Arizona in Flames

Mark Bennett 2020 Q4

Cover Photo

Flames sweep across the Mazatzal Mountains 40 miles northeast of Phoenix. This remnant of the Bush Fire, so named for its proximity to the nearby Bush Highway, ranks as the fifth-largest wildfire in Arizona's history.

Mark Bennett

Arizona suffered multiple wildfires during the spring and summer of 2020, with one ranking as the fifth-largest ever in the state. As ideal weapons against these blazes, helicopters were deployed early and often, but the fires just kept coming.

Arizona often sounds the starting gun for western North America’s wildfire season due to its climate (hot and dry) and widespread vegetation that dies or goes dormant (which, either way, dries out), starting in the spring. Those conditions and fuels then meet either lightning or, four times out of five, human sources of ignition such as untended campfires, tow chains dragging and sparking on the road, flicked cigarettes, fireworks, or any number of easily preventable causes. Then it’s conflagration time.

Once lit, Arizona’s varied terrain can accelerate a fire’s spread and hamper its control. Rugged canyons spread fires both upslope, as you would expect, but winds can become twisted in those canyons, driving the fire also down or across to the opposing face. That terrain also hampers access by ground crews and aircrews alike. Even relatively flat expanses of grasses pose challenges, as winds both drive the fire directly and carry embers far beyond the involved area, igniting noncontiguous lands.

What’s needed are tools to quickly bring the fight to the fires.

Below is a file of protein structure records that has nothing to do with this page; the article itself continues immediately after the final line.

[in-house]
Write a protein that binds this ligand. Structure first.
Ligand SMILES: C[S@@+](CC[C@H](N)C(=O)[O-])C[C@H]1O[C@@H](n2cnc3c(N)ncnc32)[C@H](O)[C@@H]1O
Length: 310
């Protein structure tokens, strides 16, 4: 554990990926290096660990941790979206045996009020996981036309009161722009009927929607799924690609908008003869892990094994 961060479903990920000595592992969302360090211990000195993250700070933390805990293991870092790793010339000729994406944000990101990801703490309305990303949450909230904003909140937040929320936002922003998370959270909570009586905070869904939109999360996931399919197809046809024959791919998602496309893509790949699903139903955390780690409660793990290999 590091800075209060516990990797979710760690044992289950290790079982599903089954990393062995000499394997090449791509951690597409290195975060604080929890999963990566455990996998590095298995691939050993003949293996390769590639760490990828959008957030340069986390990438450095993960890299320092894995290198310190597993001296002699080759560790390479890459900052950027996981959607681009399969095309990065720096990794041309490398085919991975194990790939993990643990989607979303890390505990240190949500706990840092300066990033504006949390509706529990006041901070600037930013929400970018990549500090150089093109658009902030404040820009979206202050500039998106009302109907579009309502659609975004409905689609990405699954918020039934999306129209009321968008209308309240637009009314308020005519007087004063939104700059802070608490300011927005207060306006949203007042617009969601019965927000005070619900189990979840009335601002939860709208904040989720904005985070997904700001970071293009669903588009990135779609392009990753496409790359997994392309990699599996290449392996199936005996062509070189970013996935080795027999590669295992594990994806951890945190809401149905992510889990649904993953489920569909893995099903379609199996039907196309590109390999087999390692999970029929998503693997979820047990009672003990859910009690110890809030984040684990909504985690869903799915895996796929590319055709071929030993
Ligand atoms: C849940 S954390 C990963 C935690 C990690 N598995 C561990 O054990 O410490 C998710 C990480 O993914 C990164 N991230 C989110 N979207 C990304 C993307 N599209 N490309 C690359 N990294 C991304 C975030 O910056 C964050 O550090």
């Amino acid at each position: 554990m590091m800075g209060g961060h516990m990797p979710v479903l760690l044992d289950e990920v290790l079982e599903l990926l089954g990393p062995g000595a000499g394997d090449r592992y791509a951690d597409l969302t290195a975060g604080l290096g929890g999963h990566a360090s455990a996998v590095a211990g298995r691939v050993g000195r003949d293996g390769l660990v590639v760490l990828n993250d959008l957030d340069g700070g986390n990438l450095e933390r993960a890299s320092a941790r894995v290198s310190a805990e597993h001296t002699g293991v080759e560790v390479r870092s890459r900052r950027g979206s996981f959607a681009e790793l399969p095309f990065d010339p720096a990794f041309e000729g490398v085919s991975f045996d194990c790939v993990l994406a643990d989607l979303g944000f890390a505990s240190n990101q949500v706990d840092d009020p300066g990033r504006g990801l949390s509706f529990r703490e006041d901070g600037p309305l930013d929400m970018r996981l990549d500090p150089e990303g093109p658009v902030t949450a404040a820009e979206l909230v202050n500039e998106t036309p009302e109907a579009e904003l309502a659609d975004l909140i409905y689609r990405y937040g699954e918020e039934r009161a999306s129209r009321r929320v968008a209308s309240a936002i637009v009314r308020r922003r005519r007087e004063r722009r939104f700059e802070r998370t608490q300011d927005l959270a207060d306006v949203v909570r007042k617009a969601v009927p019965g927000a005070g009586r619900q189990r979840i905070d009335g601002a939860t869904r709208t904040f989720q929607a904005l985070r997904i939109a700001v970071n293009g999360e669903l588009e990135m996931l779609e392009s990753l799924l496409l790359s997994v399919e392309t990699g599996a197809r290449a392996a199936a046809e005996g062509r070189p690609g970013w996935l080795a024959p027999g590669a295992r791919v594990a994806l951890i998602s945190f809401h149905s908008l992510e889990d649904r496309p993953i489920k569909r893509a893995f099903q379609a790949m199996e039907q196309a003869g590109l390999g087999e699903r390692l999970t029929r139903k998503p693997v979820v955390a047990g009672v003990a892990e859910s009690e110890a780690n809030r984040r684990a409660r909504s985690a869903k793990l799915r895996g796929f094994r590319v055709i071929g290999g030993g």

Columbia Helicopters had two Boeing CH-47D aircraft working on wildfires during the 2020 season in Arizona. This one was stationed at a small airfield called Grapevine, near the Bush Fire, whose smoke colored the setting sun.


Helicopter at Grapevine airfield.

Helicopters are critical to halting, or at least managing, these conflagrations, and Arizona hosts a broad collection of the craft during the height of its fire season, starting in the spring and running typically to July. The helicopters are shuffled around as fires erupt and spread. Then, when the weather in the state enters its “monsoon” season—midsummer, with higher humidity and frequent rain—the powers that be send the aircraft first north, then farther west, to states heading into their own fire seasons.

The Erickson S-64F known as Bubba departs the San Carlos Apache Airport near Globe.


This MD 900 is a permanent resident at the Grand Canyon, operated by Papillon Helicopters on a 365-day contract, and flown exclusively for the National Park Service. It has a nickname, too: the Bumblebee.

The inside of the windscreen of this Sikorsky S-61V, operated by Siller Helicopters, is marked with notes for quick reference while working the fire.

Like so many things this year, the 2020 fire season has been different. Arizona has endured its hottest summer on record, with rainfall just 33% of its seasonal average. While most aircraft were sent north on schedule, fires continued to plague the state, and firefighting helicopters were diverted from its neighbors as late as the end of October.

Arizona’s long-term forecast? A warm and dry winter, followed by another hot summer, with 100% chance of helicopters in the air.

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